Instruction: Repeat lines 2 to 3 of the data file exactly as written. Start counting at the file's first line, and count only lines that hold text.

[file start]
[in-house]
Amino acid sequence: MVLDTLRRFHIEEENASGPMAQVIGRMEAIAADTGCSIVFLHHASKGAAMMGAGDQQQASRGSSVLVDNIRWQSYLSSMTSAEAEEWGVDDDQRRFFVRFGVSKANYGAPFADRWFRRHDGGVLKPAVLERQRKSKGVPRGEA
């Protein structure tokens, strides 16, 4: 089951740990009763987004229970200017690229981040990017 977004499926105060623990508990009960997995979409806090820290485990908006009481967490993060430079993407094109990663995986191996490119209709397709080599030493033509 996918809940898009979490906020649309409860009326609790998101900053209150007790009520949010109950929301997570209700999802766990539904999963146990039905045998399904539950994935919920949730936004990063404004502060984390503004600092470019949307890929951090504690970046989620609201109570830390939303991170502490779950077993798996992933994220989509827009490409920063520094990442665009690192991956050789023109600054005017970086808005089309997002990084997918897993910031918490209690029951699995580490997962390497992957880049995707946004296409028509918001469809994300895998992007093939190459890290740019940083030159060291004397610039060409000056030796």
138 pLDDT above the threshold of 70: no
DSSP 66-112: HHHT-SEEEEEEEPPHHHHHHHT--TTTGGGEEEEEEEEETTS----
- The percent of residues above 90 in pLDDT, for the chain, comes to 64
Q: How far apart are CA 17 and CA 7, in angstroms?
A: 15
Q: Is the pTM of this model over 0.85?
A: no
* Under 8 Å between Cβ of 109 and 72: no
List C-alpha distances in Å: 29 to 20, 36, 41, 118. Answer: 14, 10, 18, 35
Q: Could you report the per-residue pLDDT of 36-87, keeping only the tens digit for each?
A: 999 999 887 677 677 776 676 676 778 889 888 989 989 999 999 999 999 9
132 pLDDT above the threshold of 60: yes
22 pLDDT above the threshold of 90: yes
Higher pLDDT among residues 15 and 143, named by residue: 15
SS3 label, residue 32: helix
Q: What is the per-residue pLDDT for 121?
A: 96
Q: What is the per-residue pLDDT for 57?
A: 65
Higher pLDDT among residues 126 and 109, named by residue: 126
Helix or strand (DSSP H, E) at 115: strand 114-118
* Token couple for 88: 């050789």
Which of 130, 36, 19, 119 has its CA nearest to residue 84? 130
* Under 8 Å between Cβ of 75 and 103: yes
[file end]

Amino acid sequence: MVLDTLRRFHIEEENASGPMAQVIGRMEAIAADTGCSIVFLHHASKGAAMMGAGDQQQASRGSSVLVDNIRWQSYLSSMTSAEAEEWGVDDDQRRFFVRFGVSKANYGAPFADRWFRRHDGGVLKPAVLERQRKSKGVPRGEA
């Protein structure tokens, strides 16, 4: 089951740990009763987004229970200017690229981040990017 977004499926105060623990508990009960997995979409806090820290485990908006009481967490993060430079993407094109990663995986191996490119209709397709080599030493033509 996918809940898009979490906020649309409860009326609790998101900053209150007790009520949010109950929301997570209700999802766990539904999963146990039905045998399904539950994935919920949730936004990063404004502060984390503004600092470019949307890929951090504690970046989620609201109570830390939303991170502490779950077993798996992933994220989509827009490409920063520094990442665009690192991956050789023109600054005017970086808005089309997002990084997918897993910031918490209690029951699995580490997962390497992957880049995707946004296409028509918001469809994300895998992007093939190459890290740019940083030159060291004397610039060409000056030796």